Server Ip

Thomas asks…

Minecraft Server IP isn’t working for me, Help?

I have created a Minecraft server for me and my friends and the IP doesn’t work for me or my friends. The server itself is fine because putting “localhost” as the IP works for me, but when I put in my IP with :25565 at the end it doesn’t work. The whole thing is fine, I have a custom world in it and 3GB of ram for it, but the only that’s messed up is the IP. Anyone that can help please do.

KL Commuter’s answers:

Firstly, you want to make sure you are giving out your public IP and not your local one. Local ones usually start with 192.xxx.x.x, your public ip can be found on something like www.whatismyip.com . Second, if that’s not the problem, then you need to port forward, done by logging into your router and accessing the port forward options- you can find more info on this through google (minecraft port forwarding). Other then these I don’t know, you might also want to try without the :25565

Jenny asks…

IP keeps changing? (Minecraft server)?

Hey guys!

I have a problem here, my server IP changes every day, and it’s quite annoying. I dont want to have to port forward every day and then give out the new IP… So, how can I make it stop changing every day? Or even better make it into words. Would be grateful for an answer.

Thanks,
Ben

KL Commuter’s answers:

If you’re hosting at home and referring to your WAN IP, there’s not much you can do other than request a static IP from your ISP. They will usually charge you a monthly fee for this.

Alternatively, you can create a dynamic DNS entry for your server. You can run a client on the server that will update the DNS record to your IP address at specified intervals. Then, you can simply give out the DDNS address for people to connect to, and it will work even with your IP changing.

If you are referring to your LAN IP for the host, you can either increase DHCP lease times on your router or specify a static IP address within the subnet of your LAN but outside of the existing DHCP address.

Susan asks…

how does DNS names converted to IP address of web servers?

I wonder how does web browsers resolve the IP addresses of web servers given only their DNS names when I browse the internet.

KL Commuter’s answers:

Each network card has a DNS address it send “questions” to. So when your browsers needs to have an IP address, it sends a question to the DNS server. The DNS server might or might not have the answer (the answer held in a database stored in the server). If it does not have the answer, it asks another pre-configured DNS server. Eventually, somewhere up the stream the answer will be found, and will return to you.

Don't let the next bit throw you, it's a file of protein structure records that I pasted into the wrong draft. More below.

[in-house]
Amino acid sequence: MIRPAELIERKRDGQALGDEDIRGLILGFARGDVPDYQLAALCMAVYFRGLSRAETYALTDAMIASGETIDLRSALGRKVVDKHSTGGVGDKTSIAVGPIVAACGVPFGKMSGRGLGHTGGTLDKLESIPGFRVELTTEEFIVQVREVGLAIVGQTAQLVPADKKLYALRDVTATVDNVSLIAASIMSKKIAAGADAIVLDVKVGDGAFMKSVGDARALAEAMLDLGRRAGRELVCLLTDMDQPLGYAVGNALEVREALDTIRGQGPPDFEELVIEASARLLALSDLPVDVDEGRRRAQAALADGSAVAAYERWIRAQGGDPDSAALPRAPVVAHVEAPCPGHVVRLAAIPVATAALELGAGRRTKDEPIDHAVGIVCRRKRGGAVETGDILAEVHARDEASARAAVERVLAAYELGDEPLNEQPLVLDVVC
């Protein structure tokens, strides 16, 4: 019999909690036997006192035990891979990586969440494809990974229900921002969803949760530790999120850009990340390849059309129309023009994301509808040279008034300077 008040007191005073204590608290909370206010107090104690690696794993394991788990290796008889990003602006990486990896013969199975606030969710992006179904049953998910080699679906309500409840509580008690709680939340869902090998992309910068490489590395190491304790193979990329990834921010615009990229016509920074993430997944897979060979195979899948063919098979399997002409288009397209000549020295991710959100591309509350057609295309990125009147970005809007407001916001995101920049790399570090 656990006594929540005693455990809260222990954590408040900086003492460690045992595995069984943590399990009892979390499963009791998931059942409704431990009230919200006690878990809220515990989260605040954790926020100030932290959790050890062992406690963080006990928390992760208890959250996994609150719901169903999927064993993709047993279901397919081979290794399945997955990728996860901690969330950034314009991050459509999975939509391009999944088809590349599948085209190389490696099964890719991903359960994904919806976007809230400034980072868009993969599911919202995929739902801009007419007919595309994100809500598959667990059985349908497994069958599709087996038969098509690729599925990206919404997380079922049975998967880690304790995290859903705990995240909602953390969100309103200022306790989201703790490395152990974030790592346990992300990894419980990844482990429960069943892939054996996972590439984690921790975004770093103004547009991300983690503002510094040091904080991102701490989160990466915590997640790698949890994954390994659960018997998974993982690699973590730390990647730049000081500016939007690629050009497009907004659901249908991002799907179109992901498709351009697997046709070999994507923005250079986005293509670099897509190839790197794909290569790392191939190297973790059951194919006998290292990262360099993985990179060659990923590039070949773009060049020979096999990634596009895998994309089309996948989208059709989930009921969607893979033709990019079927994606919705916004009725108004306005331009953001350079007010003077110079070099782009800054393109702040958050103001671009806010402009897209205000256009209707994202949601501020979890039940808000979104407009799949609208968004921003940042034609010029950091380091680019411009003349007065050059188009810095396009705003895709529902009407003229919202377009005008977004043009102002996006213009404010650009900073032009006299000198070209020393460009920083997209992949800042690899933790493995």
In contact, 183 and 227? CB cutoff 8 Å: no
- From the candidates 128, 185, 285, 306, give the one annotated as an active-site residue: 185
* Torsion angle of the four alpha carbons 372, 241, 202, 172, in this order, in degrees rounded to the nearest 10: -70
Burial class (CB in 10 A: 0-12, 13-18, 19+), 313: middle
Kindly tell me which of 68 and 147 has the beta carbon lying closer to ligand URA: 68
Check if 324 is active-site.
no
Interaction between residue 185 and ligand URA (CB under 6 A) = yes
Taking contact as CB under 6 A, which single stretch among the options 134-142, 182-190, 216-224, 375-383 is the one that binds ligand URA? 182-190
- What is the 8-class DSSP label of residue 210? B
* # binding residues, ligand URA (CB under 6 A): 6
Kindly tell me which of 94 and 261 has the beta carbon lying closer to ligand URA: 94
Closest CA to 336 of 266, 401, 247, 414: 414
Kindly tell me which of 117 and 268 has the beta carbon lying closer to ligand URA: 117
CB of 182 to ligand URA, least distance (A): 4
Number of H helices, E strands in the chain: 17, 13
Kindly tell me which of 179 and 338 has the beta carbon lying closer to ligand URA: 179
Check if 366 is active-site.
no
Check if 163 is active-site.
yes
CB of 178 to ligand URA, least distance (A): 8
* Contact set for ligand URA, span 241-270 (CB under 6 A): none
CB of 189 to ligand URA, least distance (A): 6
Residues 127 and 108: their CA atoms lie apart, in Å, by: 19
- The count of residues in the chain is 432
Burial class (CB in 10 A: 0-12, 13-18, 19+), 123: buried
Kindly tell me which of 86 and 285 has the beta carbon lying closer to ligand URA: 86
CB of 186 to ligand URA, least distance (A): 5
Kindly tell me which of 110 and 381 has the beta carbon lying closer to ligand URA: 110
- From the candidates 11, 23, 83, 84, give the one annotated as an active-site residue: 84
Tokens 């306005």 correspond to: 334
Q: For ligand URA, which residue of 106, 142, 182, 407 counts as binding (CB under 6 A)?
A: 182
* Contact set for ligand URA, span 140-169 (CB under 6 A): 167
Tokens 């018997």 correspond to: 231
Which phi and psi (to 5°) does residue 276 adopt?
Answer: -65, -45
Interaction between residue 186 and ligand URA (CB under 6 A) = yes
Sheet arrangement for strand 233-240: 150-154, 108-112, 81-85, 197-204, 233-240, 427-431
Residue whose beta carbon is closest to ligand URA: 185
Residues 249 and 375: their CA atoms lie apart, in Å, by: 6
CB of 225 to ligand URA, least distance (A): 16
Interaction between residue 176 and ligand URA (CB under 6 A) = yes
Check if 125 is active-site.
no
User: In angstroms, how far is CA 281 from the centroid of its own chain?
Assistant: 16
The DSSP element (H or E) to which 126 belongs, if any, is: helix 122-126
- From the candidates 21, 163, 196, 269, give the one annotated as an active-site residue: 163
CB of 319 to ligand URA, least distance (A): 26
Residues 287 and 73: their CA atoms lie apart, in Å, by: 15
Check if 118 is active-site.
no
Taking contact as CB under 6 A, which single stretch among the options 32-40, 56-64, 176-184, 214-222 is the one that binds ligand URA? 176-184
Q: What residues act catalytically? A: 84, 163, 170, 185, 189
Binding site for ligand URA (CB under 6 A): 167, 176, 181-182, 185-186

DNS server usually have “.named” files holding such information. Such information can have the form of:
xray A 172.28.2.151

Meaning, xray host name should be converted to 172.28.2.151.

David asks…

Public IP vs modem IP for Halo PC dedicated Server?

I know for sure that my server IP should be 88.24*.12.6* but it is the sane old common 192.168.15.140 IP that people get on there own and not when it is a dedicated computer. What am I doing wrong in firewall and Internet setup?

KL Commuter’s answers:

First the 192.168 range of addresses is a private network range. These muse NEVER be visible to the Internet. ALL machines in a private network must only have private addresses, and must also be in the same subnet as the rest of the network or they can not use it. The 88. Address is a public address, these are generally dynamic and issued by ISPs. You can see these addresses on the Internet, and any site on the Internet would actually see your machines as coming from that router public address. But from inside your network you can not go to your own public address, as the router would see this as itself. Unless you have a static IP address you do NOT have a dedicated server address. If you are running a server internally you would need to forward any router ports you want other machines to use from outside the network to the private IP of the server. Your question is totally ambiguous, if you explain what you are trying to do we can probably help.

Lizzie asks…

IP config for server 2003 and XP?

I have two virtual machines (server 2003 and XP), the server is a DNSserver but i cant ping either of them, the firewalls are turned off. i suspect the IP‘s configurations aren’t right. What settings should i use form both machines

KL Commuter’s answers:

Are you using VMware WorkStation? If so go into the “Virtual Network Editor” located in program files. Once you open this,

Firist click “Add Network” (you need to use this network in VM workstation console under network adpters using this for your Server 2003 and XP client machine)

1.select NAT (shared host IP address with VM,S),
2.check mark “connect a host virtual adapter to this network”,
3.check mark “use local DHCP service to distribute IP address to VM’s”
4. For subnet IP use eg, 192.168.71.0 and subnet mask 255.255.255.0
5. Click on DCHP Settings and start IP address: 192.168.71.130 and END IP address 192.168.71.254

anything under 192.168.71.130 will be your Static IP address you should use on your Servers so for example your server 2003 IP configuration should be IP 192.168.71.120 subnet mask should be 255.255.255.0, Default gateway you can leave blank for now (let me know if you want this configured) and the preferred DNS server should be 127.0.0.1 (loopback IP)

Hope this helps.

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